A new study indicates that there is a connection between early intervention and dyslexia, and that detecting the problem as early as age 6 can often narrow or close the achievement gap.
The research team from the University of California, Davis and Yale University found that in first grade, dyslexic readers showed lower reading scores in comparison to other first graders. They studied the readers from first through 12th grade and post graduation. Over time, in this longitudinal study, the gap did not close.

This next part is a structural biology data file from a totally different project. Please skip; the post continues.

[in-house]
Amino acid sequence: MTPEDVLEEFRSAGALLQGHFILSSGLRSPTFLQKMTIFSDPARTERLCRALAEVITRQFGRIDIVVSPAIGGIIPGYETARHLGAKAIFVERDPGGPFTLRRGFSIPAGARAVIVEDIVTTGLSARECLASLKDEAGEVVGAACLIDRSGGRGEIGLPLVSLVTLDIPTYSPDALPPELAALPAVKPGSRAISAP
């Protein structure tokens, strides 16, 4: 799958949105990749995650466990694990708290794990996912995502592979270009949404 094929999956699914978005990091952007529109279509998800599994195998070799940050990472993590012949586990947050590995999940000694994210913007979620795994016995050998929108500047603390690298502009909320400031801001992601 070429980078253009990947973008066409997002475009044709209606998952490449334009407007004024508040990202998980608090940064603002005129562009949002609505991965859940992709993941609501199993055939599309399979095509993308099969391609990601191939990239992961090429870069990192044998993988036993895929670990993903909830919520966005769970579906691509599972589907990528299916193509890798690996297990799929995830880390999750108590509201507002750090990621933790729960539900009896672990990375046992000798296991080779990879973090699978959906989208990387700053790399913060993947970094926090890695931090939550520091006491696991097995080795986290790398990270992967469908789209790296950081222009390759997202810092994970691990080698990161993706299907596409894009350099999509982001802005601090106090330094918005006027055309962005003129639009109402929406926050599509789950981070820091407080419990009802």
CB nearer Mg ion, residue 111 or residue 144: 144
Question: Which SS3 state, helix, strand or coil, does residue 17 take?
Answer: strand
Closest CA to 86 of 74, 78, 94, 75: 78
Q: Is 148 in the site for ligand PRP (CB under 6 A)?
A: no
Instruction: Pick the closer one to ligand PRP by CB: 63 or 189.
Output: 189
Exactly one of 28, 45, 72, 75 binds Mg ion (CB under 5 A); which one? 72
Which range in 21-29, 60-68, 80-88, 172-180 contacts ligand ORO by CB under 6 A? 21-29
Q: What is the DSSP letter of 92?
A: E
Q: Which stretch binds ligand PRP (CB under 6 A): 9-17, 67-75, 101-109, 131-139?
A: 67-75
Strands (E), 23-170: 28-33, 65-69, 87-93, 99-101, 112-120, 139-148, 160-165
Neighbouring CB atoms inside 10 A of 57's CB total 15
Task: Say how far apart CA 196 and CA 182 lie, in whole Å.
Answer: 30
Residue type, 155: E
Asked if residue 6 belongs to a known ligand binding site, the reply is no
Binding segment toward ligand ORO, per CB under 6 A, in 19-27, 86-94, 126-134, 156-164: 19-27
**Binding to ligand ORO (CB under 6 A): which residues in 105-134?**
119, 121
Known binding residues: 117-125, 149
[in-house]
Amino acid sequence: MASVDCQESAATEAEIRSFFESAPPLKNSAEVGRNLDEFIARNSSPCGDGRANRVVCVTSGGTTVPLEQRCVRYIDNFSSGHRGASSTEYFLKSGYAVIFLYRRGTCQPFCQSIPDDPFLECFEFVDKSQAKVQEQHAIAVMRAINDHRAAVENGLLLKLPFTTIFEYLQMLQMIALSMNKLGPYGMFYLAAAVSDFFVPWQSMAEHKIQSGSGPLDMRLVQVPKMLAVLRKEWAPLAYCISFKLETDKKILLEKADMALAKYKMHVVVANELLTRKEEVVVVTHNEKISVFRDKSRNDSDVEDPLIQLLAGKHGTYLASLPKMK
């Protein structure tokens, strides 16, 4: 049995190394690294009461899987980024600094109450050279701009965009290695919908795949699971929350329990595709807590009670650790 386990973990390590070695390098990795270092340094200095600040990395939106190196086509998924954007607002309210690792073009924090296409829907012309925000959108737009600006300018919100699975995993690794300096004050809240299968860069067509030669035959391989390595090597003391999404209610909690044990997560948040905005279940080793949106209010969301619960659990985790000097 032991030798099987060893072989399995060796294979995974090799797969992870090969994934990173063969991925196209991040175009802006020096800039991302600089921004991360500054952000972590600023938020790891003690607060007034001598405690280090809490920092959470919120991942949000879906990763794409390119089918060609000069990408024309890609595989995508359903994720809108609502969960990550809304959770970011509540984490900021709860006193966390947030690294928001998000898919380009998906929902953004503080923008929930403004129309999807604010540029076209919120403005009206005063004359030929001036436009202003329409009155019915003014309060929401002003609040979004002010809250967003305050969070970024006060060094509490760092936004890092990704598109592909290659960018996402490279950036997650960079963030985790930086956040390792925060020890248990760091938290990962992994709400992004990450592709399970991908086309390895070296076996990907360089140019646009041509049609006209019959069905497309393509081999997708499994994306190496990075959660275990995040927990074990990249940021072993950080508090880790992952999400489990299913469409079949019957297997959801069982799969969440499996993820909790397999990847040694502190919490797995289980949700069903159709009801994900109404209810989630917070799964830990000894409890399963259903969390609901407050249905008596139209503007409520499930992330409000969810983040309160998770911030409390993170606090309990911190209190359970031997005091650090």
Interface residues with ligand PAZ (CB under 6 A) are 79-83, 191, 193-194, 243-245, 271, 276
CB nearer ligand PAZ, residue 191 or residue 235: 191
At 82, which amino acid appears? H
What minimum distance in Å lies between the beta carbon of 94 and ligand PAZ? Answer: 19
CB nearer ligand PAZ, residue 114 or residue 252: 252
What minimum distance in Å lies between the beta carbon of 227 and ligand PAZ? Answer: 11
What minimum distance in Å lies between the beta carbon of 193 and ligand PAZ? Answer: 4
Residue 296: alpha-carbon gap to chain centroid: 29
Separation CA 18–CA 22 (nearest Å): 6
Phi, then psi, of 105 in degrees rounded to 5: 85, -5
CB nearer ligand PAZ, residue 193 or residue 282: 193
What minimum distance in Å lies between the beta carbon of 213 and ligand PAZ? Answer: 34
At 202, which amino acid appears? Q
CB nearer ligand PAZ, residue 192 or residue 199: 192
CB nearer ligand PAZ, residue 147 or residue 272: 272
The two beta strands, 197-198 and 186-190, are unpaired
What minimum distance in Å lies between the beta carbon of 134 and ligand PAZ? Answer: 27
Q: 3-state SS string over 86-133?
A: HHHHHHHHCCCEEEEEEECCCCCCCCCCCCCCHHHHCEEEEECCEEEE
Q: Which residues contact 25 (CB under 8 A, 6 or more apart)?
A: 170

“If the persistent achievement gap between dyslexic and typical readers is to be narrowed, or even closed, reading interventions must be implemented early, when children are still developing the basic foundation for reading acquisition,” said Emilio Ferrer, a UC Davis psychology professor.
The researchers believe that the differences are not the result of problems that develop over time, but reflect differences that are already there in the first grade between dyslexic readers and those with typical reading ability.